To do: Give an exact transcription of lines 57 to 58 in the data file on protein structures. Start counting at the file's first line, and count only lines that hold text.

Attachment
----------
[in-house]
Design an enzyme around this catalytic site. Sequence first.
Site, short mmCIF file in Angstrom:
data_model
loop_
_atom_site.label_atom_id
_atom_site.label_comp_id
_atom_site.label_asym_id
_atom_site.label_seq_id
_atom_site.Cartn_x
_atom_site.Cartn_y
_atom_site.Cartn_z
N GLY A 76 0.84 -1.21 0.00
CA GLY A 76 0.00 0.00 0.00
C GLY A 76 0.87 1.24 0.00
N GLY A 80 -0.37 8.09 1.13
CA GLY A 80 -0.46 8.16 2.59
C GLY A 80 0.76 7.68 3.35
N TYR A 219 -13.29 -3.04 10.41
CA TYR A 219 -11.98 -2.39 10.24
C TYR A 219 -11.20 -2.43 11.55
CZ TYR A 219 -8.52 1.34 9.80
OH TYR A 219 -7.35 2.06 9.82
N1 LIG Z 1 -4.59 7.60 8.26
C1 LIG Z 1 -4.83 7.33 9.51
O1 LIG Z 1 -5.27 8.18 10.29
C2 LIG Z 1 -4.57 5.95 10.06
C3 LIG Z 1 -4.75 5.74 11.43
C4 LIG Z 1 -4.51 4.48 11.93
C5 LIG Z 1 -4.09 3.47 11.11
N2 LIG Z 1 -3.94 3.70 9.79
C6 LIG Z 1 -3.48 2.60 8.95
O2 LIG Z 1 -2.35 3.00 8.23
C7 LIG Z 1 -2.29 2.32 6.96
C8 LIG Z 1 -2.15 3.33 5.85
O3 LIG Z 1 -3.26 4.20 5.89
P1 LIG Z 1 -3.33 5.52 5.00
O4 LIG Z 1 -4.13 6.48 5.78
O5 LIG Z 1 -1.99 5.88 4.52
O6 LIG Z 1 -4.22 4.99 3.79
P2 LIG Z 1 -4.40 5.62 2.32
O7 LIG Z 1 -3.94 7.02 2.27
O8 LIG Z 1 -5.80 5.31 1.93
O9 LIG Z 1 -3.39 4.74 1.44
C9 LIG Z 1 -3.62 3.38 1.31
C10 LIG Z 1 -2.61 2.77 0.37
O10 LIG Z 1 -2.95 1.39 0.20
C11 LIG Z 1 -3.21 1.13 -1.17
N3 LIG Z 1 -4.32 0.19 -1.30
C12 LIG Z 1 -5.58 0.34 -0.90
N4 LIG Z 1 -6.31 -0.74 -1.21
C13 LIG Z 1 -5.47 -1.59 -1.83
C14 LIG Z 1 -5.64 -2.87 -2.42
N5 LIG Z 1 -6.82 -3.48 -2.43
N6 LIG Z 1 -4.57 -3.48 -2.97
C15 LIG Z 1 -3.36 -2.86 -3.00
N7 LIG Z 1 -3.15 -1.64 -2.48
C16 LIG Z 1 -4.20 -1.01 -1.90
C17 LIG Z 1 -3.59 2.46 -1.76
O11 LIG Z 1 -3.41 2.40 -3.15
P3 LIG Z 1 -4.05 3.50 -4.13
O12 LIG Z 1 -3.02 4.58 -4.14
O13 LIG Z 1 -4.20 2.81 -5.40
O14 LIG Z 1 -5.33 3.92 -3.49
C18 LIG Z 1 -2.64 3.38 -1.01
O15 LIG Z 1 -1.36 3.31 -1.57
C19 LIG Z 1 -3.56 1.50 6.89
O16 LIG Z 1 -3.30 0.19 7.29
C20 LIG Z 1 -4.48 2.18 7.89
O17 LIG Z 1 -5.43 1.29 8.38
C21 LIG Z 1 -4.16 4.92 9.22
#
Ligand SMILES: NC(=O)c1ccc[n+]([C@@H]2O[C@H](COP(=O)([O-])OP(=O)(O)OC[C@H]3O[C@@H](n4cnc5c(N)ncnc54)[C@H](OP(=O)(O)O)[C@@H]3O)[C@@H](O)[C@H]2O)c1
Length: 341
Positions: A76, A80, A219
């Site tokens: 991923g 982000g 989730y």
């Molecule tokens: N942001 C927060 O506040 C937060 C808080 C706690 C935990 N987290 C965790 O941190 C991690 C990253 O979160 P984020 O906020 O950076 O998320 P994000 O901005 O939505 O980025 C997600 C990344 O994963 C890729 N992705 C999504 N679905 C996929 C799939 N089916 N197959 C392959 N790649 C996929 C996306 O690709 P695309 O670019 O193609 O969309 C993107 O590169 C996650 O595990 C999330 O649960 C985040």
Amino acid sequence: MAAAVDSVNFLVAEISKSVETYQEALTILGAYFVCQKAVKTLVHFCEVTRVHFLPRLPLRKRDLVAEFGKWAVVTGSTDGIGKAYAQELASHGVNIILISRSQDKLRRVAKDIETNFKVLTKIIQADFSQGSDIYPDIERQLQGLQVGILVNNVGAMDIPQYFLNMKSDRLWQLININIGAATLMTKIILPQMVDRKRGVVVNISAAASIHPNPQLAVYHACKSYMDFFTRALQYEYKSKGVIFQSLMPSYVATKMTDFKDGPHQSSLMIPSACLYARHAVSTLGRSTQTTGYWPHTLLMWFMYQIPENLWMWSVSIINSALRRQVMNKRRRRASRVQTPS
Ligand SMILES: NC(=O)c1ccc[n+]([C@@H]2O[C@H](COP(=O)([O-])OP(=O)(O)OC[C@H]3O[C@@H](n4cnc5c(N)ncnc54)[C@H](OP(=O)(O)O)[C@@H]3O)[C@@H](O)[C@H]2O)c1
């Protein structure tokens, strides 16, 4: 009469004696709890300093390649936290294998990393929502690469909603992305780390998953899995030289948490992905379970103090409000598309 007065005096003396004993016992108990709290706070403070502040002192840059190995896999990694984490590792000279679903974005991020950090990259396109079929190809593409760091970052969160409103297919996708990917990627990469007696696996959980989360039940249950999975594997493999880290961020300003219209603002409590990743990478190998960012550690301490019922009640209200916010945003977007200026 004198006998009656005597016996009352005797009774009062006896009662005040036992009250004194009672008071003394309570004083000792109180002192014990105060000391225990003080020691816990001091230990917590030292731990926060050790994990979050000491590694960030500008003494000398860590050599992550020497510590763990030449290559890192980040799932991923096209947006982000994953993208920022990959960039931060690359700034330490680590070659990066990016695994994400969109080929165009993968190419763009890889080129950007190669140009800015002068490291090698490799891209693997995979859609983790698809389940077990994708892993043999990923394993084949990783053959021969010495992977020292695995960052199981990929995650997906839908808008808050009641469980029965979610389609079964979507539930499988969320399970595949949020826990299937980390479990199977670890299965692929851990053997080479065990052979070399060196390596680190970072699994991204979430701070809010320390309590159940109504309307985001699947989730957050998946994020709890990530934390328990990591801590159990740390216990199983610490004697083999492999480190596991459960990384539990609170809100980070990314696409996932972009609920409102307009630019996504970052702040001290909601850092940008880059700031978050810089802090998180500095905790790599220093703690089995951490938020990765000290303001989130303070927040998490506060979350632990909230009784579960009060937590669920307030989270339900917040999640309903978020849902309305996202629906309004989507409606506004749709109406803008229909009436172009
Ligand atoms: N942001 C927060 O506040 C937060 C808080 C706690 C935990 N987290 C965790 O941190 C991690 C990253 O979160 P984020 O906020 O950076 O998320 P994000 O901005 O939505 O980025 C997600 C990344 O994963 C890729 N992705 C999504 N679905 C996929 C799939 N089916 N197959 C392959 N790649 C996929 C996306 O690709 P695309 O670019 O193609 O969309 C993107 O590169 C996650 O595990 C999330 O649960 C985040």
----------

N7 LIG Z 1 -3.15 -1.64 -2.48
C16 LIG Z 1 -4.20 -1.01 -1.90